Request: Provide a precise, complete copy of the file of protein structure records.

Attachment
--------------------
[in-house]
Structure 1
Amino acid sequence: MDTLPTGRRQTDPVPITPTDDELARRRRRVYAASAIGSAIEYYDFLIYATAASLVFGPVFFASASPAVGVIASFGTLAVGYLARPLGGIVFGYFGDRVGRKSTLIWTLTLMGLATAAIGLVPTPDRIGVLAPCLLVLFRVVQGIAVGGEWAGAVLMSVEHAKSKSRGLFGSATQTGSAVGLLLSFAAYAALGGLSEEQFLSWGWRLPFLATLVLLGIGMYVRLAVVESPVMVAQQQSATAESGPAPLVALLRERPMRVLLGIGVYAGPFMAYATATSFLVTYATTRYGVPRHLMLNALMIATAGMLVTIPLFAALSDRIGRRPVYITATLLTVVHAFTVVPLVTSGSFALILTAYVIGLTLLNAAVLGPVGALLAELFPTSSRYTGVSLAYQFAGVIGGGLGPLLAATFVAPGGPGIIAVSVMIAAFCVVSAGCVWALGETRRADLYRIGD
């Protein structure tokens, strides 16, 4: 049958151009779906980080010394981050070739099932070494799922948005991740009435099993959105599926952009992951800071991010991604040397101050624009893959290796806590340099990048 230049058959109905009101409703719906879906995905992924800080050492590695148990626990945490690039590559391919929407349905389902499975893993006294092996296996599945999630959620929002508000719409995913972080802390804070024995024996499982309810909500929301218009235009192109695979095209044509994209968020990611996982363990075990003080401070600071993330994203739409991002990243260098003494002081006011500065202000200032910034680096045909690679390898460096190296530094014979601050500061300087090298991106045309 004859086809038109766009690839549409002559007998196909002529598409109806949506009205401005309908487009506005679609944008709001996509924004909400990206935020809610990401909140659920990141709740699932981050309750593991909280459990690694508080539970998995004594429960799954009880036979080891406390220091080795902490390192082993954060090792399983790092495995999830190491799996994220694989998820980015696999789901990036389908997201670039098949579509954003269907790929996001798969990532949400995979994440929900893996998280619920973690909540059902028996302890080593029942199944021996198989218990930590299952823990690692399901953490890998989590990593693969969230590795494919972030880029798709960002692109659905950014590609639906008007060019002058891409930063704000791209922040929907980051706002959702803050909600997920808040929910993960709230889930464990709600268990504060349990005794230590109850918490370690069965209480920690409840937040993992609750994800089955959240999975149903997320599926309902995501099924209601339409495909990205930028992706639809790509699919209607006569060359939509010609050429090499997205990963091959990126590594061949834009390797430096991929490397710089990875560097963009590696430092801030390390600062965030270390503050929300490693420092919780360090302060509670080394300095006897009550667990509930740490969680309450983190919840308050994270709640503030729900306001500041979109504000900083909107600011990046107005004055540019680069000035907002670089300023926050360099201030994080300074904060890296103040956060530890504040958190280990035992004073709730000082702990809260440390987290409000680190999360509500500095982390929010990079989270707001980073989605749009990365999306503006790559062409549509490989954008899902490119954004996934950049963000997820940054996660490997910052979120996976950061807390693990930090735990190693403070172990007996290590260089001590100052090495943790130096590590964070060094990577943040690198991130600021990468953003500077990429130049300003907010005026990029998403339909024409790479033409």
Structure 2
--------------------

[in-house]
Structure 1
Amino acid sequence: MDTLPTGRRQTDPVPITPTDDELARRRRRVYAASAIGSAIEYYDFLIYATAASLVFGPVFFASASPAVGVIASFGTLAVGYLARPLGGIVFGYFGDRVGRKSTLIWTLTLMGLATAAIGLVPTPDRIGVLAPCLLVLFRVVQGIAVGGEWAGAVLMSVEHAKSKSRGLFGSATQTGSAVGLLLSFAAYAALGGLSEEQFLSWGWRLPFLATLVLLGIGMYVRLAVVESPVMVAQQQSATAESGPAPLVALLRERPMRVLLGIGVYAGPFMAYATATSFLVTYATTRYGVPRHLMLNALMIATAGMLVTIPLFAALSDRIGRRPVYITATLLTVVHAFTVVPLVTSGSFALILTAYVIGLTLLNAAVLGPVGALLAELFPTSSRYTGVSLAYQFAGVIGGGLGPLLAATFVAPGGPGIIAVSVMIAAFCVVSAGCVWALGETRRADLYRIGD
């Protein structure tokens, strides 16, 4: 049958151009779906980080010394981050070739099932070494799922948005991740009435099993959105599926952009992951800071991010991604040397101050624009893959290796806590340099990048 230049058959109905009101409703719906879906995905992924800080050492590695148990626990945490690039590559391919929407349905389902499975893993006294092996296996599945999630959620929002508000719409995913972080802390804070024995024996499982309810909500929301218009235009192109695979095209044509994209968020990611996982363990075990003080401070600071993330994203739409991002990243260098003494002081006011500065202000200032910034680096045909690679390898460096190296530094014979601050500061300087090298991106045309 004859086809038109766009690839549409002559007998196909002529598409109806949506009205401005309908487009506005679609944008709001996509924004909400990206935020809610990401909140659920990141709740699932981050309750593991909280459990690694508080539970998995004594429960799954009880036979080891406390220091080795902490390192082993954060090792399983790092495995999830190491799996994220694989998820980015696999789901990036389908997201670039098949579509954003269907790929996001798969990532949400995979994440929900893996998280619920973690909540059902028996302890080593029942199944021996198989218990930590299952823990690692399901953490890998989590990593693969969230590795494919972030880029798709960002692109659905950014590609639906008007060019002058891409930063704000791209922040929907980051706002959702803050909600997920808040929910993960709230889930464990709600268990504060349990005794230590109850918490370690069965209480920690409840937040993992609750994800089955959240999975149903997320599926309902995501099924209601339409495909990205930028992706639809790509699919209607006569060359939509010609050429090499997205990963091959990126590594061949834009390797430096991929490397710089990875560097963009590696430092801030390390600062965030270390503050929300490693420092919780360090302060509670080394300095006897009550667990509930740490969680309450983190919840308050994270709640503030729900306001500041979109504000900083909107600011990046107005004055540019680069000035907002670089300023926050360099201030994080300074904060890296103040956060530890504040958190280990035992004073709730000082702990809260440390987290409000680190999360509500500095982390929010990079989270707001980073989605749009990365999306503006790559062409549509490989954008899902490119954004996934950049963000997820940054996660490997910052979120996976950061807390693990930090735990190693403070172990007996290590260089001590100052090495943790130096590590964070060094990577943040690198991130600021990468953003500077990429130049300003907010005026990029998403339909024409790479033409």
Structure 2